QAA set to float new ranking hierarchy

November 9, 2001

Quality inspectors will give every university a ranking based on their stewardship of academic standards and course quality, according to latest confidential plans for a new quality assurance regime.

A leaked paper from the Quality Assurance Agency reveals plans to rank universities on a scale of "several" hierarchical levels, from excellence to failure.

The paper, written by acting chief executive Peter Williams, suggests publishing future overall judgements of universities based on the level of confidence that QAA inspectors have in an institution's ability to maintain the academic standards of courses and to manage their own quality assurance.

"The precise form of the judgements will allow several overall degrees of confidence to be expressed," it says.

As examples, it suggests terms such as "broad confidence", "limited confidence" and "little confidence". It is thought the scale could also include "no confidence" and some measure of excellence, thought unlikely to be "total confidence".

The scale is believed to be back on the agenda at the behest of funding chiefs.

Mr Williams's paper is based on the joint paper from the QAA, vice-chancellors and the funding council that has been out for consultation over the summer.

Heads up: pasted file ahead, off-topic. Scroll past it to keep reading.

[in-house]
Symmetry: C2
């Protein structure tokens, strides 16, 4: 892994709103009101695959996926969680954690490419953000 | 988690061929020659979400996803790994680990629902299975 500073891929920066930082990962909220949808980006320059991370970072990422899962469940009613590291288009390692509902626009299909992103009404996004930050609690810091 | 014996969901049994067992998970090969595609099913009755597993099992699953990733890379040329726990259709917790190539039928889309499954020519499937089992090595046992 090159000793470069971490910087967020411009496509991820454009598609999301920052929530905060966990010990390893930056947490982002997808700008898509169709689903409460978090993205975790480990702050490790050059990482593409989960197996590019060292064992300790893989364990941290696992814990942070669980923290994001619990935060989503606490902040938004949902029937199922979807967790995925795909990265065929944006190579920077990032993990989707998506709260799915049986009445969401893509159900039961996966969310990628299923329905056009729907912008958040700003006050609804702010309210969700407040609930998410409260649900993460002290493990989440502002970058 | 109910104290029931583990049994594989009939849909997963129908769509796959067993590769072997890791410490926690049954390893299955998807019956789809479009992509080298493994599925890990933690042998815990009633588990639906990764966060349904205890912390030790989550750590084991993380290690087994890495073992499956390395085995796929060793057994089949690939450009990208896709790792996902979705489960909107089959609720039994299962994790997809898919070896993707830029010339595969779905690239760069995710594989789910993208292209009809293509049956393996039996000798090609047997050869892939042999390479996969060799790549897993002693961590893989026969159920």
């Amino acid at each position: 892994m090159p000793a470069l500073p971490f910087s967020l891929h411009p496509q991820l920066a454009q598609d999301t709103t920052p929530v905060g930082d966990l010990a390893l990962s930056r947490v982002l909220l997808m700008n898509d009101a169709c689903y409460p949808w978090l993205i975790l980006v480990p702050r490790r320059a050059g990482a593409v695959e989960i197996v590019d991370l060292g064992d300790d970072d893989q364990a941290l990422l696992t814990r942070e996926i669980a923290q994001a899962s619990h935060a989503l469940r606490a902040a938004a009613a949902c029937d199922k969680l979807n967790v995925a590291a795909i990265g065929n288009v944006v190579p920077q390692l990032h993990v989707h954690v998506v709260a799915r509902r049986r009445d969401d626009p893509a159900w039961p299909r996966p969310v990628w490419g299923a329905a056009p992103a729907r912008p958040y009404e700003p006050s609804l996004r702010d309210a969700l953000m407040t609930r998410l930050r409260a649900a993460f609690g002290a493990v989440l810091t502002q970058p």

The QAA stressed that it was a "preliminary description of a possible operational model" for the new quality system, planned for September next year, which will slash the amount of subject-level inspection in favour of an institution-wide audit approach.

Audits could take just four days with auditors arriving on a Monday and leaving by Thursday, thus reducing the number of "reviewer days" spent on each university by almost 90 per cent.

Mr Williams's draft paper accepts that moving towards institution-wide audits could make it difficult to produce sector-wide information for use in subject overview reports and for other comparative purposes.

It says: "But this price might be considered worth paying if the information available to students and others was in consequence more relevant to their needs and reduced the chance of false comparisons being made."

The paper, written just before consultation closed last month, provoked immediate criticism from Geoffrey Alderman, a former QAA auditor and international expert on university regulation.

He said: "We are back to league tables and the sector will not be happy about this. It would be funny if it wasn't so tragic."

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